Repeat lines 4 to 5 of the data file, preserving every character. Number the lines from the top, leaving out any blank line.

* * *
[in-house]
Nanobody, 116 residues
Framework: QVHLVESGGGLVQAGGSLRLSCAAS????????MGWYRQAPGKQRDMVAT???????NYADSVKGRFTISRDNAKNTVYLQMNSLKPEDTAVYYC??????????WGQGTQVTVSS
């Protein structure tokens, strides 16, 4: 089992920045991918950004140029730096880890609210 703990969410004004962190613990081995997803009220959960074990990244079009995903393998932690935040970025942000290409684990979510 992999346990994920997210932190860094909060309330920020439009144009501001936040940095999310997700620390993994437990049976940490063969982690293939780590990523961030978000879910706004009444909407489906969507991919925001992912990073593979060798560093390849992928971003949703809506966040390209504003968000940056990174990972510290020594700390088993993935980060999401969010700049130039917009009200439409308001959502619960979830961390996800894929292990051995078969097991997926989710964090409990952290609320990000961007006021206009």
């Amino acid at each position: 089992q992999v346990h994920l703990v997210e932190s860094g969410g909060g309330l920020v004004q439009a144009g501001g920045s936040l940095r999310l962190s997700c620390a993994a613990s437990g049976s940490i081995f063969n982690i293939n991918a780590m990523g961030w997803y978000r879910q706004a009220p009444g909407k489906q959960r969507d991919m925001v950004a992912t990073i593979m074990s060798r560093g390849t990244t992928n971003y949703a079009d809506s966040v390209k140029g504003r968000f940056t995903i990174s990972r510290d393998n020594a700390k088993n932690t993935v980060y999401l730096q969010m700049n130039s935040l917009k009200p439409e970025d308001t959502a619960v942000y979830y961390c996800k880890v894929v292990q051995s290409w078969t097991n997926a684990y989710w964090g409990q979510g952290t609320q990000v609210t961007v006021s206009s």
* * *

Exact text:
């Protein structure tokens, strides 16, 4: 089992920045991918950004140029730096880890609210 703990969410004004962190613990081995997803009220959960074990990244079009995903393998932690935040970025942000290409684990979510 992999346990994920997210932190860094909060309330920020439009144009501001936040940095999310997700620390993994437990049976940490063969982690293939780590990523961030978000879910706004009444909407489906969507991919925001992912990073593979060798560093390849992928971003949703809506966040390209504003968000940056990174990972510290020594700390088993993935980060999401969010700049130039917009009200439409308001959502619960979830961390996800894929292990051995078969097991997926989710964090409990952290609320990000961007006021206009």
């Amino acid at each position: 089992q992999v346990h994920l703990v997210e932190s860094g969410g909060g309330l920020v004004q439009a144009g501001g920045s936040l940095r999310l962190s997700c620390a993994a613990s437990g049976s940490i081995f063969n982690i293939n991918a780590m990523g961030w997803y978000r879910q706004a009220p009444g909407k489906q959960r969507d991919m925001v950004a992912t990073i593979m074990s060798r560093g390849t990244t992928n971003y949703a079009d809506s966040v390209k140029g504003r968000f940056t995903i990174s990972r510290d393998n020594a700390k088993n932690t993935v980060y999401l730096q969010m700049n130039s935040l917009k009200p439409e970025d308001t959502a619960v942000y979830y961390c996800k880890v894929v292990q051995s290409w078969t097991n997926a684990y989710w964090g409990q979510g952290t609320q990000v609210t961007v006021s206009s």